2023 Banking Crisis (General)

by dan, Monday, March 20, 2023, 16:03 (490 days ago) @ dan

Here's an interesting story:

Central banks to boost flow of US dollars amid market unease

It would seem to support the push for centralization. A few snippets:

Six central banks, including the Bank of England, announced they would boost the flow of US dollars through the global financial system.

In a statement the Bank of England, Bank of Japan, Bank of Canada, the European Central Bank, US Federal Reserve and Swiss National Bank launched the co-ordinated action to "enhance the provision of liquidity".

Translation for the bolded: to give, oh, I'm sorry, lend money to banks. Not people, mind you.

Instead of borrowing on the open market, British banks will be able to go direct to the Bank of England, and it will borrow from the US Federal Reserve.

It will work in the same way for banks in the eurozone, Canada, Japan, Switzerland and the US.

Banks will be able to access this funding on a daily basis.

Wow. So the US is effectively pumping money directly into the world central banks. I guess it has to to protect its debt, by, incidentally, adding more debt. They'll call it loans, but they're printing money to lend it, and somebody will pay for that.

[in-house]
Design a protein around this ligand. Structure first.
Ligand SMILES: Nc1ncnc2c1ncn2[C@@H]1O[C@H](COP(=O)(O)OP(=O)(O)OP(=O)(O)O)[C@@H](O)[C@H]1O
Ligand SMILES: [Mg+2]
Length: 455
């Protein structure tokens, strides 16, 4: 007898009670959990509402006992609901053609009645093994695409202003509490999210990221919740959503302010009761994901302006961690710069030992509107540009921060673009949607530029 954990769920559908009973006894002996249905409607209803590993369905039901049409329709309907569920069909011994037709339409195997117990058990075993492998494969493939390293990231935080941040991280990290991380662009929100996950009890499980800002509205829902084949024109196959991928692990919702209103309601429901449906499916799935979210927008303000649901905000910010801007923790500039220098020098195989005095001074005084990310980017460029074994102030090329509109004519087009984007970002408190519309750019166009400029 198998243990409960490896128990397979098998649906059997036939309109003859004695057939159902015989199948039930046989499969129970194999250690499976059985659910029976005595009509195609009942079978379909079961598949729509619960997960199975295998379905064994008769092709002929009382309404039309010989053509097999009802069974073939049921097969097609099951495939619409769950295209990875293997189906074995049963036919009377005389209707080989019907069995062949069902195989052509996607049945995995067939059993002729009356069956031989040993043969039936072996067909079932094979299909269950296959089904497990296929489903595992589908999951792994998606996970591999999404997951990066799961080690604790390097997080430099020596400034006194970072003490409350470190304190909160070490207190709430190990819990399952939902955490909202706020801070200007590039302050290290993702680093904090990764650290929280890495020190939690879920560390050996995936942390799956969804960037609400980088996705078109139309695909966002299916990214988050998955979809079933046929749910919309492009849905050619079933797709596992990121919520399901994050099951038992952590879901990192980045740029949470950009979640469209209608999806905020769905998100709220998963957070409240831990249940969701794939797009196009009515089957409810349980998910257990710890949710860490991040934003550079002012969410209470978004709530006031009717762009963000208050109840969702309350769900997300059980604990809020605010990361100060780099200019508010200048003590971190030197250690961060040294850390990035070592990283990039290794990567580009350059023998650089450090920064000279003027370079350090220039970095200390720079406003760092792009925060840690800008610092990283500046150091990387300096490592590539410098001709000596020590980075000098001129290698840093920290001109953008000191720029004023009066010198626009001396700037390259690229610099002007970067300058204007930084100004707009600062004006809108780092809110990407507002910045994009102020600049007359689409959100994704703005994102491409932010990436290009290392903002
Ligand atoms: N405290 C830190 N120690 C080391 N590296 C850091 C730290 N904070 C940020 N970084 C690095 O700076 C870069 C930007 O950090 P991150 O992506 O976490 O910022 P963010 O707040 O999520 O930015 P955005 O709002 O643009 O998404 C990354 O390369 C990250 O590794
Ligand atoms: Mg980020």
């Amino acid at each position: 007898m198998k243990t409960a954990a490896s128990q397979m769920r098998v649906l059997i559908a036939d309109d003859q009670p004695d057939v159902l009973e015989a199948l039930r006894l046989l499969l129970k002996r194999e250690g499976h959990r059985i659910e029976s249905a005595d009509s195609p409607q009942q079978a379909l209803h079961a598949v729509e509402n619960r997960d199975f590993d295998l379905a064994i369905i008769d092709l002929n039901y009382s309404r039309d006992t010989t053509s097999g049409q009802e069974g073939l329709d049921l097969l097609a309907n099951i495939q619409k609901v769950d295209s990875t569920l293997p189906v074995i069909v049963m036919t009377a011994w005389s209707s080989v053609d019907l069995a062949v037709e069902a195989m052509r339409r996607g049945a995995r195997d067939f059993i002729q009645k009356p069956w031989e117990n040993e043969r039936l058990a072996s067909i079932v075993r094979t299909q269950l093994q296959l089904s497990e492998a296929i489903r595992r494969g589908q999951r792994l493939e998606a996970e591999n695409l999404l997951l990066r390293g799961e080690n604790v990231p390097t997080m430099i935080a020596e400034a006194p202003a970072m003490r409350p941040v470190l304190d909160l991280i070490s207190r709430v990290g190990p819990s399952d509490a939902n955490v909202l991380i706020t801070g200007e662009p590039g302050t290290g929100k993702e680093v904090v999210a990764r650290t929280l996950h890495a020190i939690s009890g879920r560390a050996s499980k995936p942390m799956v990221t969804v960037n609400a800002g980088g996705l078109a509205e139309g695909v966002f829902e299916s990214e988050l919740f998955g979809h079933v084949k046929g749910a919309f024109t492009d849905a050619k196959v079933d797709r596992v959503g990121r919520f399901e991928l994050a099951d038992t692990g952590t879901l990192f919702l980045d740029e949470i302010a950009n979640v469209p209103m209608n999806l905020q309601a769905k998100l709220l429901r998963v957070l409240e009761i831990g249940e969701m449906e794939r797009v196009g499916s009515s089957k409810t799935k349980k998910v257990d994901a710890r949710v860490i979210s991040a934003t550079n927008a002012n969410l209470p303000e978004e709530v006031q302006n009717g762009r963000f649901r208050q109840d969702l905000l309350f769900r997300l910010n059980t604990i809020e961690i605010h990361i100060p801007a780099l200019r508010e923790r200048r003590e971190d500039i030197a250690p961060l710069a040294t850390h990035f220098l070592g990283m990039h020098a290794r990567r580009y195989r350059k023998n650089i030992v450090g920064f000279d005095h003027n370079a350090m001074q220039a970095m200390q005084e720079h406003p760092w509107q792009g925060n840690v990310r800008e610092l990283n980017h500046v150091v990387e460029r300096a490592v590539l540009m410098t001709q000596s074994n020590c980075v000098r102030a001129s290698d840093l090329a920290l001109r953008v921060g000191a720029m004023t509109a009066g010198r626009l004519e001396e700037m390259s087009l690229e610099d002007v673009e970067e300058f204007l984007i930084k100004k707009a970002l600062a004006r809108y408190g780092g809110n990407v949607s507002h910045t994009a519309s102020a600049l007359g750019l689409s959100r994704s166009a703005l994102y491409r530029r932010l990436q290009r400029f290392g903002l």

The arrangement, adopted during the 2008 financial crisis and the Covid pandemic, will start on Monday and continue until "at least through the end of April", the Bank of England said.

So, business as usual. Interest rates are raised for those of us who want to buy a house or just live on credit card, but for the big boys, hey, nod and wink.

The fear is less about the direct impact of problems at Credit Suisse or Silicon Valley Bank, but instead that a set of common factors are affecting some other institutions. For example non-insured deposits pouring out of some institutions and into larger ones at incredible speed, without anyone visiting a branch, thanks to technology, and influenced by social media commentary. There has also been an uncertain response by some regulators.

And there's the centralizing factor.

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